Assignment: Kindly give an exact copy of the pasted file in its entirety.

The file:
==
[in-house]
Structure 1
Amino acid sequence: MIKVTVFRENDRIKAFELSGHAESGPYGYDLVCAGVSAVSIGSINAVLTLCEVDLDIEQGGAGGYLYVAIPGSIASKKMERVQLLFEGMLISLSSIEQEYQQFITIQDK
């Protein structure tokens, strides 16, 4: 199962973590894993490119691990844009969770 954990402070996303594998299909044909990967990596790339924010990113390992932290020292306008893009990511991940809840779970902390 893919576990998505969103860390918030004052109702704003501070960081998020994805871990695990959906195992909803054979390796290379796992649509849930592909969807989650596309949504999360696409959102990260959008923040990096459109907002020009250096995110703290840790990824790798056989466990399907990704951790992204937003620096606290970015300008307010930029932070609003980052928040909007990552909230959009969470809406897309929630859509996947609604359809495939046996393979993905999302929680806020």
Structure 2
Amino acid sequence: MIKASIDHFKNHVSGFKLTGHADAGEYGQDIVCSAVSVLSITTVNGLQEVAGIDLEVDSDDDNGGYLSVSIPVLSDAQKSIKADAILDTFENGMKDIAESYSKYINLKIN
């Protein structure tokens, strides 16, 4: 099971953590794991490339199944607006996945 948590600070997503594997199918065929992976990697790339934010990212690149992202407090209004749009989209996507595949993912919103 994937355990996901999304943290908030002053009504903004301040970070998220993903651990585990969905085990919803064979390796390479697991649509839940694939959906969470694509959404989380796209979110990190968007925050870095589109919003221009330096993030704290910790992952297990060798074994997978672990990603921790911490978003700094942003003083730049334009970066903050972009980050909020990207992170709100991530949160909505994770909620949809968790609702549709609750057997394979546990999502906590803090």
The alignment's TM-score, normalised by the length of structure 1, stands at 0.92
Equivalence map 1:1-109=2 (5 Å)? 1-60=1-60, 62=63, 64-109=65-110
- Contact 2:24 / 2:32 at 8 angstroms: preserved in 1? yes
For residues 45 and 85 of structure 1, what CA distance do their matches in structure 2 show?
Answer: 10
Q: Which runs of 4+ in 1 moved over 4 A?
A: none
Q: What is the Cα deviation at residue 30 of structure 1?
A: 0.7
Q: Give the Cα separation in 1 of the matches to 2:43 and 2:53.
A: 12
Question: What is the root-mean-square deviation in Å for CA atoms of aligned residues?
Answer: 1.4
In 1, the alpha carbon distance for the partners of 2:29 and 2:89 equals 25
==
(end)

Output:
[in-house]
Structure 1
Amino acid sequence: MIKVTVFRENDRIKAFELSGHAESGPYGYDLVCAGVSAVSIGSINAVLTLCEVDLDIEQGGAGGYLYVAIPGSIASKKMERVQLLFEGMLISLSSIEQEYQQFITIQDK
């Protein structure tokens, strides 16, 4: 199962973590894993490119691990844009969770 954990402070996303594998299909044909990967990596790339924010990113390992932290020292306008893009990511991940809840779970902390 893919576990998505969103860390918030004052109702704003501070960081998020994805871990695990959906195992909803054979390796290379796992649509849930592909969807989650596309949504999360696409959102990260959008923040990096459109907002020009250096995110703290840790990824790798056989466990399907990704951790992204937003620096606290970015300008307010930029932070609003980052928040909007990552909230959009969470809406897309929630859509996947609604359809495939046996393979993905999302929680806020």
Structure 2
Amino acid sequence: MIKASIDHFKNHVSGFKLTGHADAGEYGQDIVCSAVSVLSITTVNGLQEVAGIDLEVDSDDDNGGYLSVSIPVLSDAQKSIKADAILDTFENGMKDIAESYSKYINLKIN
């Protein structure tokens, strides 16, 4: 099971953590794991490339199944607006996945 948590600070997503594997199918065929992976990697790339934010990212690149992202407090209004749009989209996507595949993912919103 994937355990996901999304943290908030002053009504903004301040970070998220993903651990585990969905085990919803064979390796390479697991649509839940694939959906969470694509959404989380796209979110990190968007925050870095589109919003221009330096993030704290910790992952297990060798074994997978672990990603921790911490978003700094942003003083730049334009970066903050972009980050909020990207992170709100991530949160909505994770909620949809968790609702549709609750057997394979546990999502906590803090």
The alignment's TM-score, normalised by the length of structure 1, stands at 0.92
Equivalence map 1:1-109=2 (5 Å)? 1-60=1-60, 62=63, 64-109=65-110
- Contact 2:24 / 2:32 at 8 angstroms: preserved in 1? yes
For residues 45 and 85 of structure 1, what CA distance do their matches in structure 2 show?
Answer: 10
Q: Which runs of 4+ in 1 moved over 4 A?
A: none
Q: What is the Cα deviation at residue 30 of structure 1?
A: 0.7
Q: Give the Cα separation in 1 of the matches to 2:43 and 2:53.
A: 12
Question: What is the root-mean-square deviation in Å for CA atoms of aligned residues?
Answer: 1.4
In 1, the alpha carbon distance for the partners of 2:29 and 2:89 equals 25